Language Evolution: The Windows Approach addresses the question: "How can we unravel the evolution of language, given that there is no direct evidence about it?"
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Date: Mon, 17 Jan 2005 18:34:49 +0100 From: Sara Laviosa Subject: Applying English Grammar: Functional and Corpus Approaches
EDITORS: Coffin, Caroline; Hewings, Ann; O'Halloran, Kieran TITLE: Applying English Grammar SUBTITLE: Functional and Corpus Approaches PUBLISHER: Arnold Publishers (distributed in US by Oxford University Press) YEAR: 2004
Sara Laviosa, Facoltà di Lingue e Letterature Straniere, Università degli Studi di Bari, Italy
This edited volume comprising both newly commissioned and previously published papers is most welcome in so far as it brings together in a novel way two approaches to English grammar, namely the systemic functional approach and the corpus linguistic one, both of them becoming increasingly relevant to the empirical description of language use and the study of how language transmits values, identities, and ideology. The book is divided into three self-contained parts each being preceded by an introduction which usefully sets out the aims of each section. Part 1 introduces the principal theoretical tenets and methodologies underlying the systemic functional and corpus linguistic perspectives to English language studies. Part 2 presents further studies carried out within the functional and the corpus linguistic frameworks with a view to comparing and contrasting different text types. The focus of Part 3 is Critical Discourse Analysis (CDA), which has recently begun to draw on corpus linguistics giving rise to what is known as corpus-based CDA.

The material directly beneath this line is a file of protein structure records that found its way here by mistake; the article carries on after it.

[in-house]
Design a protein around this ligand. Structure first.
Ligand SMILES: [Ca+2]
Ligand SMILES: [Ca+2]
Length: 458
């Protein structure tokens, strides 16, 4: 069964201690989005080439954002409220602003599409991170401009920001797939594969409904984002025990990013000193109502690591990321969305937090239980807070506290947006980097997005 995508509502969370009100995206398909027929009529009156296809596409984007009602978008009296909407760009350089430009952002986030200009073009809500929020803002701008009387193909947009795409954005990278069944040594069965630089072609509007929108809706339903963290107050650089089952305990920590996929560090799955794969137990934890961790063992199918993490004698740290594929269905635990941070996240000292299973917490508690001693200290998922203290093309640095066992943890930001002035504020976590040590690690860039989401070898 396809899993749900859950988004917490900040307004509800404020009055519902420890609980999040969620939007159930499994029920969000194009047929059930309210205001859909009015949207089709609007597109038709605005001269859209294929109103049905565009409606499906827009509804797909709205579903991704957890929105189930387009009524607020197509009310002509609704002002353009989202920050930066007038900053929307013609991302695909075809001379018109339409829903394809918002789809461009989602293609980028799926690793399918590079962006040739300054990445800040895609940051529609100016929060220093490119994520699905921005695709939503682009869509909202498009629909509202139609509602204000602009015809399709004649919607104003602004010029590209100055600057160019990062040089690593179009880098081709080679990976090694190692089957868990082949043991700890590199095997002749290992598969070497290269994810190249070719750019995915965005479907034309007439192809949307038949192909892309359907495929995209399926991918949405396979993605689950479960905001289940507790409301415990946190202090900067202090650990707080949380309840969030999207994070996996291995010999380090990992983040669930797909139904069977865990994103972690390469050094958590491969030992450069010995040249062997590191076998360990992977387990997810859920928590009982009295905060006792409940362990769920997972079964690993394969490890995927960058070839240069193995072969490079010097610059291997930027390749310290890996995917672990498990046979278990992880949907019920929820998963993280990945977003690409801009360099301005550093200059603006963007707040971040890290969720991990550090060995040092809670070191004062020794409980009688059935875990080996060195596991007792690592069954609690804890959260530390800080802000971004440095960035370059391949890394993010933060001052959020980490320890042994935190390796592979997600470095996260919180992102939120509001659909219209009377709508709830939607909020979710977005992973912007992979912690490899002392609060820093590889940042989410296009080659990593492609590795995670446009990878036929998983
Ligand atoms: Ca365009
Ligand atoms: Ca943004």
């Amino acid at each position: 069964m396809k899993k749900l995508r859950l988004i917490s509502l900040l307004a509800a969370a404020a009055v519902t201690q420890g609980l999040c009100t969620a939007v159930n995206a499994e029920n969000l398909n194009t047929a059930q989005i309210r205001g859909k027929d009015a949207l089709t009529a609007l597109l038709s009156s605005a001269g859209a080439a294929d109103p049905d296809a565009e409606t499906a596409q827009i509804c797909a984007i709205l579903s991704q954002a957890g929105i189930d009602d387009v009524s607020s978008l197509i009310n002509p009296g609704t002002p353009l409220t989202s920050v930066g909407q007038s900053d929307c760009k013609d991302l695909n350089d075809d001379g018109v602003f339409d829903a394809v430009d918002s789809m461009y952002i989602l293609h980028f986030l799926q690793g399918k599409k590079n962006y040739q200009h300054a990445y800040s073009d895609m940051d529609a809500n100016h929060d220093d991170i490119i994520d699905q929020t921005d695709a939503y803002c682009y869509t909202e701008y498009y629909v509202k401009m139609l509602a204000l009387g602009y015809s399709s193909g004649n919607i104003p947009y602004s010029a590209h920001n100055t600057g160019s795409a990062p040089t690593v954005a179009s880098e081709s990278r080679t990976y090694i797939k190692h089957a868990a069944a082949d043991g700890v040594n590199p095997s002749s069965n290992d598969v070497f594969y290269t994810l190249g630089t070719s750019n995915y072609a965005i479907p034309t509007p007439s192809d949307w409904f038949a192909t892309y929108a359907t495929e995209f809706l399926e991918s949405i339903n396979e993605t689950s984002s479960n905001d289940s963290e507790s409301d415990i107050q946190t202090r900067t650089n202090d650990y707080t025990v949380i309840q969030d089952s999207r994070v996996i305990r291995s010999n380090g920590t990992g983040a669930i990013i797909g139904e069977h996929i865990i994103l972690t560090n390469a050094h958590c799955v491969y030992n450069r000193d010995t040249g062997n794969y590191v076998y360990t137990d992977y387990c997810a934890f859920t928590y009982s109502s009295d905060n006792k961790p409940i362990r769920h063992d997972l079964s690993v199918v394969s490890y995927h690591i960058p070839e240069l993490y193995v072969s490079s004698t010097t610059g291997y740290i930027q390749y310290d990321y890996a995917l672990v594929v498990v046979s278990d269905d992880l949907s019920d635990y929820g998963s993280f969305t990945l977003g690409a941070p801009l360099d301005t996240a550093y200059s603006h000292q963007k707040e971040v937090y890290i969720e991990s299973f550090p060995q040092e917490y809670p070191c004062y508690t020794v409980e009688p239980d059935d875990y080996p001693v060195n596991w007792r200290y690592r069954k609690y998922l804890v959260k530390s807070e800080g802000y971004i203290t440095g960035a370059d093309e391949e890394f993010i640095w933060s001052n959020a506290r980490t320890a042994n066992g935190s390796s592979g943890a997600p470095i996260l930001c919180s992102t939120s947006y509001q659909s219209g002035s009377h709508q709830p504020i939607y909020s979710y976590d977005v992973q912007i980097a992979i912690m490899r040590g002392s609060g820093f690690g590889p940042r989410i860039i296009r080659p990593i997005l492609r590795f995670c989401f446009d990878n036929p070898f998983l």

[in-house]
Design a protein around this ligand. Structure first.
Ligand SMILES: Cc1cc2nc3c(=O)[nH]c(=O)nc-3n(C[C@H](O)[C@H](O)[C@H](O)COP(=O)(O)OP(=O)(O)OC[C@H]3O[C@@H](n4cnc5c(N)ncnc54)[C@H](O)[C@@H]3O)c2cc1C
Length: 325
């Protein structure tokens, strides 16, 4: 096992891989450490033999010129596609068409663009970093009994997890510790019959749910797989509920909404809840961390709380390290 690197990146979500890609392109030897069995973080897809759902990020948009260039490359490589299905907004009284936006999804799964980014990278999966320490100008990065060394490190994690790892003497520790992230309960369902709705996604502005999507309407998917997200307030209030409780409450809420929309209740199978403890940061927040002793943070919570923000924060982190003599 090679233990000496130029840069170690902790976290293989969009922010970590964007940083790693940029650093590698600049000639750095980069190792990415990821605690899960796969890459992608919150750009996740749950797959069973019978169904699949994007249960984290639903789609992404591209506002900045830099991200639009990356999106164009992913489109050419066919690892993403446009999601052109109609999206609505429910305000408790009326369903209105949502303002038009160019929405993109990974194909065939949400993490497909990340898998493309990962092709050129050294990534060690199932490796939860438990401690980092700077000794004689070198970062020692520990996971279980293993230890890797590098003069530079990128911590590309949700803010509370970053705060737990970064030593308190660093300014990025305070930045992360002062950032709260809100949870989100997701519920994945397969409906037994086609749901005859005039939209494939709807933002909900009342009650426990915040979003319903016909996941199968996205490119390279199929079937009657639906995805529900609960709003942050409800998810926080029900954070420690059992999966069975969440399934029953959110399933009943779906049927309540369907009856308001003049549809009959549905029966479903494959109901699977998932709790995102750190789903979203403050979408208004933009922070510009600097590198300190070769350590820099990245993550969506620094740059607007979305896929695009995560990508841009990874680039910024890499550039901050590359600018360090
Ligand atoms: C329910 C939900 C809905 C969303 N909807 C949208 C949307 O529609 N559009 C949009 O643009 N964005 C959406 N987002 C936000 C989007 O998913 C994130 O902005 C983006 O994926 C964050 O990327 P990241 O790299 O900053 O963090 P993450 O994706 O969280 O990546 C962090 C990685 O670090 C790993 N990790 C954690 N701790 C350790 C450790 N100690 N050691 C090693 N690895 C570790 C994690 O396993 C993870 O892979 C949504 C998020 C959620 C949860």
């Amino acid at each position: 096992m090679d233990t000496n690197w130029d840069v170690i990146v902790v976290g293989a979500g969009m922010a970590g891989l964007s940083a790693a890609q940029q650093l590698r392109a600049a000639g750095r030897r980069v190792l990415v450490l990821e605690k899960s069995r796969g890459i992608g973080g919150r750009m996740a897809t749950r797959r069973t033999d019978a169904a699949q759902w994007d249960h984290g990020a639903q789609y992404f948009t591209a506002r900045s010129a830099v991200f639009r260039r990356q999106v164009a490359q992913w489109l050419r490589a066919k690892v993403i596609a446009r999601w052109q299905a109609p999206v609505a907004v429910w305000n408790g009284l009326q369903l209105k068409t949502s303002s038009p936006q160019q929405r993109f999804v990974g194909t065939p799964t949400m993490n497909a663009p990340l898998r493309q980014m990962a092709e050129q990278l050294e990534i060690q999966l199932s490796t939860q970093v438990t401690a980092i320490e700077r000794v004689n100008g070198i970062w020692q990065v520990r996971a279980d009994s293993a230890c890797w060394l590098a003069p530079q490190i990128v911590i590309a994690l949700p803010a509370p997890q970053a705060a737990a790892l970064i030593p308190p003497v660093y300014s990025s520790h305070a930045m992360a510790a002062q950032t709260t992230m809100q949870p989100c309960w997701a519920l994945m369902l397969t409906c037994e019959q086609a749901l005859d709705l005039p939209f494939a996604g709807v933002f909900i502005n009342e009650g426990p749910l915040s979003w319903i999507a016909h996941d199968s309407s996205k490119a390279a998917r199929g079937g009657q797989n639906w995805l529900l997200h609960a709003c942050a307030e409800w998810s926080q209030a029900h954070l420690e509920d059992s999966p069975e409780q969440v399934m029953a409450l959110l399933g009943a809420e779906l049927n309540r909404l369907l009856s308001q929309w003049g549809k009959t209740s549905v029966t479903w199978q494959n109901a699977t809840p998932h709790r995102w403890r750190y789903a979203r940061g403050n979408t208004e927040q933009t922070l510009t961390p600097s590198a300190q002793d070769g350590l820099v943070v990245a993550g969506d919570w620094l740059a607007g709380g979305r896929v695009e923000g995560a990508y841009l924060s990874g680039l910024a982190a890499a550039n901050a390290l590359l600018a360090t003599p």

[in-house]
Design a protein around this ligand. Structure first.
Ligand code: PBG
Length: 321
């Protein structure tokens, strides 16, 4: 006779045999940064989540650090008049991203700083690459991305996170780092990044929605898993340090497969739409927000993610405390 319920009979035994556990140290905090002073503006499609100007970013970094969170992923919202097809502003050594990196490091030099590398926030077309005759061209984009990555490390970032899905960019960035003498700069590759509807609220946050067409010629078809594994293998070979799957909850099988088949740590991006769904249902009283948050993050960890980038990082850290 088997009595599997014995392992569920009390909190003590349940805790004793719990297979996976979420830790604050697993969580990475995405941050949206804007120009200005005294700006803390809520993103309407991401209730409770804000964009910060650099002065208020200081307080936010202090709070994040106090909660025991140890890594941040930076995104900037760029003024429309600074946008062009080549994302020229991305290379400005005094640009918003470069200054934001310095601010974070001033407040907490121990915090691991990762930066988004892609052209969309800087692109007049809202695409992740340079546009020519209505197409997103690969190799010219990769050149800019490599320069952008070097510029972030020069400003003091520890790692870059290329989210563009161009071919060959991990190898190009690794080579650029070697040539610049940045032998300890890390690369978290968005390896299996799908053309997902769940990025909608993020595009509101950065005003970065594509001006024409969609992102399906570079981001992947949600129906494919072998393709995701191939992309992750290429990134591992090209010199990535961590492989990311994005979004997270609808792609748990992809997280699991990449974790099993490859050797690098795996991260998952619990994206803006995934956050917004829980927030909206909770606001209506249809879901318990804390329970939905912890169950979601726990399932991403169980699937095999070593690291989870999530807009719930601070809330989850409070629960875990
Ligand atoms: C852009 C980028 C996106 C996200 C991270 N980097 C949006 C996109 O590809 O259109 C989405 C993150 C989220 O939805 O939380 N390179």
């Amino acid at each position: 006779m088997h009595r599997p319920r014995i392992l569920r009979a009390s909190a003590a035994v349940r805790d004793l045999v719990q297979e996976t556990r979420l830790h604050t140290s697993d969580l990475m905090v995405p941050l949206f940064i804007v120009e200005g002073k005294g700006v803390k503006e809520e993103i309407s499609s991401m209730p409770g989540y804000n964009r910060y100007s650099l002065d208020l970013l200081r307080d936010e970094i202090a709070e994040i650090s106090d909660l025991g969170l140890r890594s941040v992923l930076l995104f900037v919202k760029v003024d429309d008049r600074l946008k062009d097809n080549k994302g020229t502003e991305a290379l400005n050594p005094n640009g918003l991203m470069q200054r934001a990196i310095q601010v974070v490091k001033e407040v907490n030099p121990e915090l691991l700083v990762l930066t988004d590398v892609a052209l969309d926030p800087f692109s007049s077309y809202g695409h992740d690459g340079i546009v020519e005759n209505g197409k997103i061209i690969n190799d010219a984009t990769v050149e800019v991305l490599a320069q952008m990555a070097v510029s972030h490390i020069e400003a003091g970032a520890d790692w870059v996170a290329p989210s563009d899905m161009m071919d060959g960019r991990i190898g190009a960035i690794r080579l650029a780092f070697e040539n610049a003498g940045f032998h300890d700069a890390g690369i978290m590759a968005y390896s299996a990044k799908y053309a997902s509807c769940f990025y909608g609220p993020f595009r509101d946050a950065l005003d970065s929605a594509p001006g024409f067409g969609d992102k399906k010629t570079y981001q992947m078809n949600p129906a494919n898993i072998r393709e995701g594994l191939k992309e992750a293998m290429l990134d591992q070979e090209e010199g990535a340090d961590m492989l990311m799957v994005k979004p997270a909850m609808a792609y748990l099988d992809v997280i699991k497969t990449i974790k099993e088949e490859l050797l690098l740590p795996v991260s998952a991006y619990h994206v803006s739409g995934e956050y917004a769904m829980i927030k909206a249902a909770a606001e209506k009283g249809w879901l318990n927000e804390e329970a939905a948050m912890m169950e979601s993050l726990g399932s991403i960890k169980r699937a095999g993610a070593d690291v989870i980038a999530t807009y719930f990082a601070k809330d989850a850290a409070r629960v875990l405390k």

Part 1 Chapter 1 by Elena Tognini-Bonelli outlines the basic principles and the main issues pertaining to the corpus linguistic approach, starting from the very notion of corpus and ending with the different uses of corpora in descriptive and applied studies, including translation. Part 1 Chapter 2 by Ronald Carter reports on an empirical study aimed at highlighting some important grammatical patterns that distinguish spoken from written discourse. In Part 1 Chapter 3 Douglas Biber and Susan Conrad present a comparative study of the lexico-grammatical features of four registers: conversation, fiction, newspaper writing, and academic prose. Part 1 Chapter 4 by Jim R. Martin explains some fundamental differences between structuralist approaches to grammar, with their focus on part- whole structure of grammatical units, and systemic functional grammar, which is concerned with showing the relation between structure and meaning. In Part 1 Chapter 5 M. A. K. Halliday illustrates and discusses some typical difficulties presented by scientific writing, which he groups under seven closely related headings: interlocking definitions, technical taxonomies, special expressions, lexical density, syntactic ambiguity, grammatical metaphor, and semantic discontinuity.
Part 2 Chapter 1 by Ann Hewings and Martin Hewings investigates how the anticipatory it functions in two contrasting collections of academic prose, i.e. student and published academic writing, demonstrating intra- register variation with regard to one grammatical structure. Part 2 Chapter 2 by Hilary Hillier examines the clause and noun phrase structures that characterize two versions of Charles Dickens' Bleak House, namely the original nineteenth-century novel and a simplified Guided Reader version written by Margaret Tarner aimed at learners of English. The analysis finds its place within the functional framework but uses mostly traditional grammatical labelling. Part 2 Chapter 3 by Ann Hewings and Caroline Coffin combine a quantitative corpus-based analysis with a functional analysis of university students' on-line conference discussions -- a variety of Computer Mediated Communication (CMC) -- and essay writing, with a view to ascertaining the extent to which the former genre is closer to speech or written academic prose. In Part 2 Chapter 4 Clare Painter describes, within the theoretical framework of systemic functional linguistics, the speech development of a growing child and unveils not only specific aspects of the developing linguistic system but also the speaker's use of the system as a means of making sense of the world. Part 2 Chapter 5 by Gill Francis and Anneliese Kramer-Dahl reports on a comparative examination of Oliver Sacks' clinical tales vis-à-vis a case report published in a professional journal of neuropsychology.